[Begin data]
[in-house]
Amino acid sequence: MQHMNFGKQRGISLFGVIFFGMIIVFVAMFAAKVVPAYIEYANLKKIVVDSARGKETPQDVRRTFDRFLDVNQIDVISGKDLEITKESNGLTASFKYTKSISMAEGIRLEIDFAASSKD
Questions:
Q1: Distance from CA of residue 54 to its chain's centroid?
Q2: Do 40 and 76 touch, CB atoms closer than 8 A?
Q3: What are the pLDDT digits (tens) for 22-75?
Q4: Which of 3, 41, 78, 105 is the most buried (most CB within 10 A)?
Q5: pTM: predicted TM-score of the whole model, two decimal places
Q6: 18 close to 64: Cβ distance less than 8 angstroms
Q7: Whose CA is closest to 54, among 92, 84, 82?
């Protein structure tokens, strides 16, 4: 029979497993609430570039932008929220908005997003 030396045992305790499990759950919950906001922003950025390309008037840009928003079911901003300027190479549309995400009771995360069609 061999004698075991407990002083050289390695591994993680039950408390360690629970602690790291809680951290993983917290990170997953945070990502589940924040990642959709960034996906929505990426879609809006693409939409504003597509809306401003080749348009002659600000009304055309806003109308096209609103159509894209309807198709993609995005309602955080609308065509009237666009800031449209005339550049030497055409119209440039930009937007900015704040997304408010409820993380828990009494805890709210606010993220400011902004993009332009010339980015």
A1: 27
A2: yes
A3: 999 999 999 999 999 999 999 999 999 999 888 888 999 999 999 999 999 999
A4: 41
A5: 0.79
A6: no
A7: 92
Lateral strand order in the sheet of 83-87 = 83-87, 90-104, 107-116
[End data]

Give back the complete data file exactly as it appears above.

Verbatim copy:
[in-house]
Amino acid sequence: MQHMNFGKQRGISLFGVIFFGMIIVFVAMFAAKVVPAYIEYANLKKIVVDSARGKETPQDVRRTFDRFLDVNQIDVISGKDLEITKESNGLTASFKYTKSISMAEGIRLEIDFAASSKD
Questions:
Q1: Distance from CA of residue 54 to its chain's centroid?
Q2: Do 40 and 76 touch, CB atoms closer than 8 A?
Q3: What are the pLDDT digits (tens) for 22-75?
Q4: Which of 3, 41, 78, 105 is the most buried (most CB within 10 A)?
Q5: pTM: predicted TM-score of the whole model, two decimal places
Q6: 18 close to 64: Cβ distance less than 8 angstroms
Q7: Whose CA is closest to 54, among 92, 84, 82?
């Protein structure tokens, strides 16, 4: 029979497993609430570039932008929220908005997003 030396045992305790499990759950919950906001922003950025390309008037840009928003079911901003300027190479549309995400009771995360069609 061999004698075991407990002083050289390695591994993680039950408390360690629970602690790291809680951290993983917290990170997953945070990502589940924040990642959709960034996906929505990426879609809006693409939409504003597509809306401003080749348009002659600000009304055309806003109308096209609103159509894209309807198709993609995005309602955080609308065509009237666009800031449209005339550049030497055409119209440039930009937007900015704040997304408010409820993380828990009494805890709210606010993220400011902004993009332009010339980015």
A1: 27
A2: yes
A3: 999 999 999 999 999 999 999 999 999 999 888 888 999 999 999 999 999 999
A4: 41
A5: 0.79
A6: no
A7: 92
Lateral strand order in the sheet of 83-87 = 83-87, 90-104, 107-116